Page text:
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Fuel cell cars getting closer

By Tara Baukus Mello ·
Saturday, October 5, 2013
Posted: 3 am ET

Talk of hydrogen-powered fuel cell cars has been going on for decades without any increase in the number of cars being produced, but several recent announcements indicate alternative fuel technology is in America's future.

This past week, Toyota Chairman Takeshi Uchiyamada said the automaker is moving forward with its commitment to produce a fuel cell electric sedan for sale in the United States in 2015. He made the comment to reporters after a speech at the Economic Club of Washington D.C., according to the industry publication Automotive News.

It's not just Toyota

General Motors also recently announced it is expanding its collaboration with the U.S. Army to develop hydrogen fuel cell technology. The two will jointly test new hydrogen fuel-cell-related materials and designs before using them to build full-scale fuel cell propulsion systems. In July, GM and Honda announced a partnership to develop a next-generation fuel cell system and hydrogen storage technologies by about 2020. General Motors has been working on fuel cell technology since 1964.

The latest push for fuel cell technology is part of a larger plan at the federal level to reduce the nation's dependence on oil and to reduce the environmental impact of emissions from gasoline-powered cars. Some states are putting weight behind similar efforts, particularly to build an infrastructure to refuel these cars. Earlier this week, California Gov. Jerry Brown signed a law that extends programs accelerating the turnover of older cars and invests in the development and deployment of advanced technologies. The bill includes up to a $20 million annual commitment to fund at least 100 hydrogen fuel stations.

Tara Baukus Mello writes the cars blog as well as the weekly Driving for Dollars column, providing both practical financial advice for consumers as well as insight into the latest developments in the automotive world. Follow her on Facebook here or on Twitter: @SheDrives.

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October 09, 2013 at 6:48 pm

It was several years ago where they developed hydrogen fuel coming from water. One quart of water gave a gange of about 300 miles. Suddenly there wasn't another word. There was a rumor that the major oil companies bought the concept and burried the need. What bothers me is who's going to supply the hydrogen? Nowhere did I see the use of water.
It's all about Mo$ey for someone... not us, we're paying.

October 09, 2013 at 6:12 pm

We need to stop wasting time with total EV's propulsion. Yes hydrogen fuel cells are great. But they should power a compressor and use hydraulic motors like Citroen is doing now as a form of propulsion UPS already has a hybrid hydraulic propulsion system on the road. Lets stop the EV propulsion system we are not building jets. But I am sure it GE that's behind the drive for EV. Hydraulic propulsion is cheaper more dependable let moving parts and it performs better. Plus all EV propulsion system are going to have to generate some sort of noise under federal law to protect the blind and public safety. Like baseball cards on your bicycle spokes as kids. But it will turn into ringtone under free speech.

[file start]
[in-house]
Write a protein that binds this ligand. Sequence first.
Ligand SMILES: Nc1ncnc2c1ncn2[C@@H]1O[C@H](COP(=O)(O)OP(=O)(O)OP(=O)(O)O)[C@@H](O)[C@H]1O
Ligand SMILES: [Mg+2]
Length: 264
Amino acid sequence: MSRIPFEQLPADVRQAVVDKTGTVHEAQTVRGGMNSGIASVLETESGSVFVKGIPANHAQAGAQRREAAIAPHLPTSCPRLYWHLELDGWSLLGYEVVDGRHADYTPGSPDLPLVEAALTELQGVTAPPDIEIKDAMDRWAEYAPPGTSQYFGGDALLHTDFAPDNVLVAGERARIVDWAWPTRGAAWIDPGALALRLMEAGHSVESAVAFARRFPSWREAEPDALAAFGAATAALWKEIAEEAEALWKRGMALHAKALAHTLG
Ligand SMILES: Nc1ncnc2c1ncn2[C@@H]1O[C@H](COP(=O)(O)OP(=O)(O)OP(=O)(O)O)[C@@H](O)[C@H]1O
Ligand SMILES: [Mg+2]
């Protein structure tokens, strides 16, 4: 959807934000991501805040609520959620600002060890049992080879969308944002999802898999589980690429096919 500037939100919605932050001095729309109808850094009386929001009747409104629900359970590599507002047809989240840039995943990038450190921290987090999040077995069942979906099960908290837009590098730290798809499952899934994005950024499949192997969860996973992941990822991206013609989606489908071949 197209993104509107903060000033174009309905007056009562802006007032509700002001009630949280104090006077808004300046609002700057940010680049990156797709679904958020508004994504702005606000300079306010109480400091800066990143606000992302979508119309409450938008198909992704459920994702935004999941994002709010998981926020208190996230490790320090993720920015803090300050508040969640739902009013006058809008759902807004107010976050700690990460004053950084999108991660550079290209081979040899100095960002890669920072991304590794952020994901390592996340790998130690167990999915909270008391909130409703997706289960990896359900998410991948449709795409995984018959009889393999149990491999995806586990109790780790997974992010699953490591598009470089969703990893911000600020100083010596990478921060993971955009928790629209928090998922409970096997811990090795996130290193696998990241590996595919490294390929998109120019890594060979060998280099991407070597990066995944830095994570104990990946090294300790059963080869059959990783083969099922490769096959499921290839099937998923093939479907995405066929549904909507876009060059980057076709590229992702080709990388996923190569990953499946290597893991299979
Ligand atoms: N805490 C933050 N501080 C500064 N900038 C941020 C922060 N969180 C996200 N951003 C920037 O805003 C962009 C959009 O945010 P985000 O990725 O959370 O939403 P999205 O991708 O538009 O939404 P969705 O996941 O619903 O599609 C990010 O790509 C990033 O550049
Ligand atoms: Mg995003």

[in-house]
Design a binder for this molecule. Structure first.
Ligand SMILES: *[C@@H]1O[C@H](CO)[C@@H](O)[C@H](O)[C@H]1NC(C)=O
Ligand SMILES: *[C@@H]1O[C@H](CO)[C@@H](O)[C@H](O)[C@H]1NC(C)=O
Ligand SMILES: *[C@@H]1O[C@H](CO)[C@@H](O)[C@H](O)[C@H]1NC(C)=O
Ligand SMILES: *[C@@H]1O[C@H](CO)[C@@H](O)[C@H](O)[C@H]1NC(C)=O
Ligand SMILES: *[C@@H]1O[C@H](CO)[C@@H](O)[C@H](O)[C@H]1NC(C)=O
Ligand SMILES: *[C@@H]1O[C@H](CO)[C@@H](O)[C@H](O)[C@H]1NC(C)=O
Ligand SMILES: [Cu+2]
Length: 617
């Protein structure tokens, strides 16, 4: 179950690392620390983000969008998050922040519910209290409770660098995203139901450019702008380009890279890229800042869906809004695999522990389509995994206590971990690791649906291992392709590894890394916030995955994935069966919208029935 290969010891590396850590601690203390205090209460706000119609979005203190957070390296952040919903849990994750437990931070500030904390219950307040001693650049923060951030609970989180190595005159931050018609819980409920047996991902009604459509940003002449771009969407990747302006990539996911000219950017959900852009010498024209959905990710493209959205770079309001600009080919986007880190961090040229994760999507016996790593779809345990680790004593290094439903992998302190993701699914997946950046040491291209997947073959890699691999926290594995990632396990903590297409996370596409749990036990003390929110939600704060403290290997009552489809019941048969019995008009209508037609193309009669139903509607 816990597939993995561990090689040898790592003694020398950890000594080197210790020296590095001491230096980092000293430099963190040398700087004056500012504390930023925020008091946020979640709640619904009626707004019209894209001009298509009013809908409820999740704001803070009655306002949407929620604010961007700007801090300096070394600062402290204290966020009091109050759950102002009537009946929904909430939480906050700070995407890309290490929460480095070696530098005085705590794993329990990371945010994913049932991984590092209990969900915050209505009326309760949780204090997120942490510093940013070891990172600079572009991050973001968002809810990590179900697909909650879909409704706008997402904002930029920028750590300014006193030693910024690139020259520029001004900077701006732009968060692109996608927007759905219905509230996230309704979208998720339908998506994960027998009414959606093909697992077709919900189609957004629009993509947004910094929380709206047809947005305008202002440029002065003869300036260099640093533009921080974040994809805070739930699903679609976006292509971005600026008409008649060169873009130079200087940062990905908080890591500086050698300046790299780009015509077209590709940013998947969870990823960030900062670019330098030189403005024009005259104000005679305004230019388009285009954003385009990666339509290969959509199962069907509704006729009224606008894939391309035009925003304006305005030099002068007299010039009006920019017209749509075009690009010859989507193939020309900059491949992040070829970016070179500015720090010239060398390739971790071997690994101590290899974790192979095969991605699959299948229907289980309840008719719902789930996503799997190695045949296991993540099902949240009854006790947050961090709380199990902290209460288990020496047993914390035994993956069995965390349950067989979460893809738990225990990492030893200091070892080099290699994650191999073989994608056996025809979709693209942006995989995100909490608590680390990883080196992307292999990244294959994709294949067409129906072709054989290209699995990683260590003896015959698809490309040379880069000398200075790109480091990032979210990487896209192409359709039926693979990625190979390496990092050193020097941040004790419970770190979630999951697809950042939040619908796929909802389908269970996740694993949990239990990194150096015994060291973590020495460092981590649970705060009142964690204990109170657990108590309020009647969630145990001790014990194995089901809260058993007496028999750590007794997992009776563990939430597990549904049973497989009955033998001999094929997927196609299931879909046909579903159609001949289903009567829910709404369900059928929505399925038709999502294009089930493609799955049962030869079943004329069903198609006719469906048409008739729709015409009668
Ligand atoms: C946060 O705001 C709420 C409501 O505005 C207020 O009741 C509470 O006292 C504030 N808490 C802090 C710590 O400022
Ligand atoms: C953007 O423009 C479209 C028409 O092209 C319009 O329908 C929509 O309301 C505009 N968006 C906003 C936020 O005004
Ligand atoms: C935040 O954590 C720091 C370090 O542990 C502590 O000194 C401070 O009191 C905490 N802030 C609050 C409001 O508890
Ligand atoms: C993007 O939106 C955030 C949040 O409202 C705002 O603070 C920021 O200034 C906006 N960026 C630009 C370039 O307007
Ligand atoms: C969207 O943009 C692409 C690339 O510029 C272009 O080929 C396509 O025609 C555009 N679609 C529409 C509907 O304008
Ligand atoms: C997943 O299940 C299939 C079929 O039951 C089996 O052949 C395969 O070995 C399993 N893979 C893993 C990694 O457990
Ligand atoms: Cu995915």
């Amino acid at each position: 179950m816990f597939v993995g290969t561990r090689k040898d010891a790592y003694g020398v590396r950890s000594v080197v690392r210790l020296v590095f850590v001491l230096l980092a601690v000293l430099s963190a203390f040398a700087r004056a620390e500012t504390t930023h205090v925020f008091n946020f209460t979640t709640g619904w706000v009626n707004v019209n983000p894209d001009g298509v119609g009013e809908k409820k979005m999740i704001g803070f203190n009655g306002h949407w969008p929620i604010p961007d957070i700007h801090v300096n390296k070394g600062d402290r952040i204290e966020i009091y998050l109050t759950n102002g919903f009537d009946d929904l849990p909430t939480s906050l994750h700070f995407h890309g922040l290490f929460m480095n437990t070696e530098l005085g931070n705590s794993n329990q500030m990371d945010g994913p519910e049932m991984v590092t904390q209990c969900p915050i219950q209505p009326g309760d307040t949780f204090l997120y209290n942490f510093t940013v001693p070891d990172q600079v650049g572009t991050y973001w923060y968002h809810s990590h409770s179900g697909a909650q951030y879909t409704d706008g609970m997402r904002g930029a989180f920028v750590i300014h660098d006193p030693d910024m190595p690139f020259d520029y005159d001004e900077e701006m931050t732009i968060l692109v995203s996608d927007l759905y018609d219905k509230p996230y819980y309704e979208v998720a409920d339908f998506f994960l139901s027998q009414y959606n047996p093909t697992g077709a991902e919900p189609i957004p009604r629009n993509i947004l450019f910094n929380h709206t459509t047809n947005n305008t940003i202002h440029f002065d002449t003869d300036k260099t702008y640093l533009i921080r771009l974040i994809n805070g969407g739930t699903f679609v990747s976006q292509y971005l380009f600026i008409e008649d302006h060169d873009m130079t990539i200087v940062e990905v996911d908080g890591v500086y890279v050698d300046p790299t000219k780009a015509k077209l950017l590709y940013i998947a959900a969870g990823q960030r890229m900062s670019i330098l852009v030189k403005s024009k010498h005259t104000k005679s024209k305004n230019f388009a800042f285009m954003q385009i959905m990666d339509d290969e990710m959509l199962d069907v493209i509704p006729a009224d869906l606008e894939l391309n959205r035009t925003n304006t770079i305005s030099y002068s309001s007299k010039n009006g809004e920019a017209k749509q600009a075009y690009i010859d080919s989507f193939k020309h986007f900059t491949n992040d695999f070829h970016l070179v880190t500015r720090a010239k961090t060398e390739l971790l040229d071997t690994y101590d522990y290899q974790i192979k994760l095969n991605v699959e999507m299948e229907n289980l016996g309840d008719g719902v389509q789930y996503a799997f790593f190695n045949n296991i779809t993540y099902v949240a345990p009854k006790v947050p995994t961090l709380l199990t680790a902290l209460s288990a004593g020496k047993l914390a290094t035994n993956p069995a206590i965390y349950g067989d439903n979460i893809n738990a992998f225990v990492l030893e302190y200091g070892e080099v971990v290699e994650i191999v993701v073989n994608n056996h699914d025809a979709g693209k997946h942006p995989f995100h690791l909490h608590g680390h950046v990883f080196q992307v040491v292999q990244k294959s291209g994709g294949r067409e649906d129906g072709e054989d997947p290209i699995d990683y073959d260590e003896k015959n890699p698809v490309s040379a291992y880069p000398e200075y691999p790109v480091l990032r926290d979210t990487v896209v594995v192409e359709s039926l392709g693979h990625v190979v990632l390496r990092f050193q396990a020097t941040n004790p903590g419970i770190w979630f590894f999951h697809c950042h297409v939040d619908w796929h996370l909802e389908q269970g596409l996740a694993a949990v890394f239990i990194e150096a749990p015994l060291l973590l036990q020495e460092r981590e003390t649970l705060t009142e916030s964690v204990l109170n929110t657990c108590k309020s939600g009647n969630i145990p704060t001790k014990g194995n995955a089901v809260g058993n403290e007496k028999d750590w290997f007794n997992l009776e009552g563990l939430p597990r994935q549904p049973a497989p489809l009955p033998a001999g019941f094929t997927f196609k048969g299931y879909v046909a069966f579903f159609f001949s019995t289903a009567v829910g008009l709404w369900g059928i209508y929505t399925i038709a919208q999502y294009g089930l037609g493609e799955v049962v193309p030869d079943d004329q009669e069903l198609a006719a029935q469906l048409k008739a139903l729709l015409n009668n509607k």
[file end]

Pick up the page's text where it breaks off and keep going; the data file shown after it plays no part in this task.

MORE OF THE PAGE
October 09, 2013 at 5:51 pm

And gasoline is not explosive? Explosions push piston.

Gary Gaydosh
October 09, 2013 at 4:28 pm

We already have a gasoline-free car. It's the Nissan Leaf.

Jason Reager
October 09, 2013 at 3:58 pm

Hydrogen is an explosive element. However, the Hindenburg was one of the Nazi's biggest failures. Had Helium been use, those perished people would have been here to tell us their travels.

Hydrogen in cars? Nope, use H2O. Simple to break down and use the Hydrogen and Oxygen to fuel our vehicles.

BUT, will our Gestapo government permit it?

October 09, 2013 at 3:22 pm

Google Hindenburg...It's an explosive read! LOL! "Republican" might come up too when you do the search...

Kenneth Ebeling
October 09, 2013 at 2:55 pm

It is what should have been done earlier. Now they need to use ground source heat pumps with solar. We would have a zero carbon foot print.

Frank H.
October 09, 2013 at 2:28 pm

Personally I think it's about time hydrogen started being used more main-stream, it doesn't have to be just new cars either. Once it finally happens and oil runs out or just gets too expensive, any car, lawn mower, or anything at all with an engine can be adapted to run on hydrogen. We won't have to just throw away hundreds of millions of gas-burning cars, just remove the gas tank, install a fuel-cell and do some other minor mods to the fuel/intake systems and voila! That would mean that we could keep our V8's, antique cars, muscle cars, etc. all on the road but just running on hydrogen instead of dino oil.

John Worth
October 09, 2013 at 2:17 pm

Hindenburg? Really? A fuel cell does not mean the cars will be giant bladders full of hydrogen. And of course, relative risks between the fuel cell and the explosive power of driving around with 20 gallons of gasoline makes the issue moot.

October 09, 2013 at 2:04 pm

Does the name Hindenburg mean anything to anyone?